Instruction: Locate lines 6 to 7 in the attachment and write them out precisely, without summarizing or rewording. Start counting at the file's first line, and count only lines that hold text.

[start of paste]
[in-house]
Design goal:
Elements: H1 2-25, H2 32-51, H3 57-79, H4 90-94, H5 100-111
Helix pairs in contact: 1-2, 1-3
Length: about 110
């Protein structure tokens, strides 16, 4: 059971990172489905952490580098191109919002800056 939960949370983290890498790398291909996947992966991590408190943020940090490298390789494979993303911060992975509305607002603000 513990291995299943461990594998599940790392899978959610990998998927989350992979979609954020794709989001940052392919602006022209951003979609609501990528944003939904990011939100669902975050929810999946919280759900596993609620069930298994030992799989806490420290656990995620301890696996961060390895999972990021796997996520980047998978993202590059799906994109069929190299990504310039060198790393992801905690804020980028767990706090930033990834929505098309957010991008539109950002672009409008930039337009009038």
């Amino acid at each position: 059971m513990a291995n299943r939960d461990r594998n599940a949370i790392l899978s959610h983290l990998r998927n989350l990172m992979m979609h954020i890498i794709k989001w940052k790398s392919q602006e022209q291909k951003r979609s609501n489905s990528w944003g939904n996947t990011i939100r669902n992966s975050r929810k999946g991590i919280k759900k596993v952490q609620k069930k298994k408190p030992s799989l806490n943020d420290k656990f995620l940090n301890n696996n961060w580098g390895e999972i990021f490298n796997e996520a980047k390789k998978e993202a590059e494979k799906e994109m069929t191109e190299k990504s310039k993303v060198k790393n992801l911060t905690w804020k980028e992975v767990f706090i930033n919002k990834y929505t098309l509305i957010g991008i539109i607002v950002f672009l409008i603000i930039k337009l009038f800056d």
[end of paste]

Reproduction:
């Protein structure tokens, strides 16, 4: 059971990172489905952490580098191109919002800056 939960949370983290890498790398291909996947992966991590408190943020940090490298390789494979993303911060992975509305607002603000 513990291995299943461990594998599940790392899978959610990998998927989350992979979609954020794709989001940052392919602006022209951003979609609501990528944003939904990011939100669902975050929810999946919280759900596993609620069930298994030992799989806490420290656990995620301890696996961060390895999972990021796997996520980047998978993202590059799906994109069929190299990504310039060198790393992801905690804020980028767990706090930033990834929505098309957010991008539109950002672009409008930039337009009038």
């Amino acid at each position: 059971m513990a291995n299943r939960d461990r594998n599940a949370i790392l899978s959610h983290l990998r998927n989350l990172m992979m979609h954020i890498i794709k989001w940052k790398s392919q602006e022209q291909k951003r979609s609501n489905s990528w944003g939904n996947t990011i939100r669902n992966s975050r929810k999946g991590i919280k759900k596993v952490q609620k069930k298994k408190p030992s799989l806490n943020d420290k656990f995620l940090n301890n696996n961060w580098g390895e999972i990021f490298n796997e996520a980047k390789k998978e993202a590059e494979k799906e994109m069929t191109e190299k990504s310039k993303v060198k790393n992801l911060t905690w804020k980028e992975v767990f706090i930033n919002k990834y929505t098309l509305i957010g991008i539109i607002v950002f672009l409008i603000i930039k337009l009038f800056d």